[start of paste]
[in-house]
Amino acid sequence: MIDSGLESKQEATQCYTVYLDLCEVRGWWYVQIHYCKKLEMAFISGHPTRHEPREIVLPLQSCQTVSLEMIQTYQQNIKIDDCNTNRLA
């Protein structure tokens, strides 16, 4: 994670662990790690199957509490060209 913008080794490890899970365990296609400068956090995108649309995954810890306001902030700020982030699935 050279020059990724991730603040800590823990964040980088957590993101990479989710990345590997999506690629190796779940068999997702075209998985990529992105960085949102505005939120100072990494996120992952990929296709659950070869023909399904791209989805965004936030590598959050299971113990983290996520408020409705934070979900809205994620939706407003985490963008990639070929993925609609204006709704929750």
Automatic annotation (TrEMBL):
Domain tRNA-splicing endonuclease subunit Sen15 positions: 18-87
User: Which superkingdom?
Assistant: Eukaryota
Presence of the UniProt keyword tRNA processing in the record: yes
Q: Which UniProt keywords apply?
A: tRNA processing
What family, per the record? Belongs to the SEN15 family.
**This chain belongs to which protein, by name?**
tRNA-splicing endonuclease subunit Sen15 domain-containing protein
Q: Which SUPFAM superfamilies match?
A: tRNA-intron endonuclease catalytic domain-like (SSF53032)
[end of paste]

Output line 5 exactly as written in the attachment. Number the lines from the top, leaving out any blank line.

Domain tRNA-splicing endonuclease subunit Sen15 positions: 18-87